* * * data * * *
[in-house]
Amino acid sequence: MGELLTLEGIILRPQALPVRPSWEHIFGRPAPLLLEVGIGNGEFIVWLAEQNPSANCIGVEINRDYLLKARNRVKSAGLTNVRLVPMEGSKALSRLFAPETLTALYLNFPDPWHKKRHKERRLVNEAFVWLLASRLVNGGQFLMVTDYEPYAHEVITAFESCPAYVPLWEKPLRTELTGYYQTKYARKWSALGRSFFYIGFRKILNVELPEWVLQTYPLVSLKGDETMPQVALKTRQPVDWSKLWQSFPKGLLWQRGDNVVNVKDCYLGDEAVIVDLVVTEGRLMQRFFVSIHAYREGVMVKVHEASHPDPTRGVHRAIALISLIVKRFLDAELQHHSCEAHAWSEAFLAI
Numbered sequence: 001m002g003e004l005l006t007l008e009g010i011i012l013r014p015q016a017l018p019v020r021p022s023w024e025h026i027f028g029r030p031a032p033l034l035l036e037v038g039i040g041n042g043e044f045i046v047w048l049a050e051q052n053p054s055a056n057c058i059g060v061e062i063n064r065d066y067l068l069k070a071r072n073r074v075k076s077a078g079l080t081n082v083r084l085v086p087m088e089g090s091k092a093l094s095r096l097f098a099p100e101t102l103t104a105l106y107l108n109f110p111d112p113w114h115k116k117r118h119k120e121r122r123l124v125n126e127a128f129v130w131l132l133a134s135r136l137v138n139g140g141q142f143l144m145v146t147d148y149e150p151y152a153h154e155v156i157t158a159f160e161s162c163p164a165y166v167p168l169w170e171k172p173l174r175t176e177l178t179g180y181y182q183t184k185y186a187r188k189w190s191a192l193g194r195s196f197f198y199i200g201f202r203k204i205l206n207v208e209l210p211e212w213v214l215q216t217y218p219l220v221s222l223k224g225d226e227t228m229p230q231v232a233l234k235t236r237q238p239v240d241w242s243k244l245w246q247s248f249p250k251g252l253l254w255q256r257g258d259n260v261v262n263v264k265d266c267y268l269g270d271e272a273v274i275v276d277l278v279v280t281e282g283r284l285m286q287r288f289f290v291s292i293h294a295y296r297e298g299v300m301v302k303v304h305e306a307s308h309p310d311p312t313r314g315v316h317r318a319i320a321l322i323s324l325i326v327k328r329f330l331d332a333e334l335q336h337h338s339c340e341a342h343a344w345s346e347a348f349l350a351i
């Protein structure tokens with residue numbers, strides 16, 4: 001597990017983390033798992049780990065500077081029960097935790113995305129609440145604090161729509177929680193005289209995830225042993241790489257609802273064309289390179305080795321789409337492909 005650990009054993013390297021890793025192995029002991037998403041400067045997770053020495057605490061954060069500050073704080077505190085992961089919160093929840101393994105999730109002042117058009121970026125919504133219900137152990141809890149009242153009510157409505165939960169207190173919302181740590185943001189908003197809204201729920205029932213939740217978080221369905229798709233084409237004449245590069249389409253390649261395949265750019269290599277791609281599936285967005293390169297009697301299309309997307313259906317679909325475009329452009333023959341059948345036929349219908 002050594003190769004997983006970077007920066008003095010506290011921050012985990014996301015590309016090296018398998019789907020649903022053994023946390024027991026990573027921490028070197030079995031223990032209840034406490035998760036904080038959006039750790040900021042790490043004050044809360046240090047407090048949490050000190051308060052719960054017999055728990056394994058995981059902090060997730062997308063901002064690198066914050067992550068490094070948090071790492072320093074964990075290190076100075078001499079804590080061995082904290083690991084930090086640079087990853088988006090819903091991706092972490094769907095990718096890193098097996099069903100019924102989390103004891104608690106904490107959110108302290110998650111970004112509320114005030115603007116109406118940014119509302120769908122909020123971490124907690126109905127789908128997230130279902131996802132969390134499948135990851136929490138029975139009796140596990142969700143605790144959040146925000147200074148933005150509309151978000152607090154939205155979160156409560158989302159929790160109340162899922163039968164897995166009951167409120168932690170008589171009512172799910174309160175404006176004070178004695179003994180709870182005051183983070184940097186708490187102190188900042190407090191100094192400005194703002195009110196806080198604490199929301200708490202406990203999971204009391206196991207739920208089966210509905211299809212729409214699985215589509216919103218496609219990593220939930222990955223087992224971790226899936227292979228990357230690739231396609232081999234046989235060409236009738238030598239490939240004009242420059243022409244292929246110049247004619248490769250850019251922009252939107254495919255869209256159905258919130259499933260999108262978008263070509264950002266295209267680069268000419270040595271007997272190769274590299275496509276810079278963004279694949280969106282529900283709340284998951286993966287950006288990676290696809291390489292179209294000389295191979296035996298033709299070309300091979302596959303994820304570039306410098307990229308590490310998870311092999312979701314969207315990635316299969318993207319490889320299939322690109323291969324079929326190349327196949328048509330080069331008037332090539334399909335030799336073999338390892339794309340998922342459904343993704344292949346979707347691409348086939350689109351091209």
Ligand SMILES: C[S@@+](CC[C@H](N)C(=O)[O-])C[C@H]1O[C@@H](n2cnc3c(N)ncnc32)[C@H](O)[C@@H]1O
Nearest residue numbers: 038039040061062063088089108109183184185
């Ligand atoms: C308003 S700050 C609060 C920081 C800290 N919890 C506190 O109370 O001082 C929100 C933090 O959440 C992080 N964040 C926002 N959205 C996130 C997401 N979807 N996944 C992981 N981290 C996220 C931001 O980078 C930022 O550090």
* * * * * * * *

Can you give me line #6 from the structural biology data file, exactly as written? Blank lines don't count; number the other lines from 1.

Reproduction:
Nearest residue numbers: 038039040061062063088089108109183184185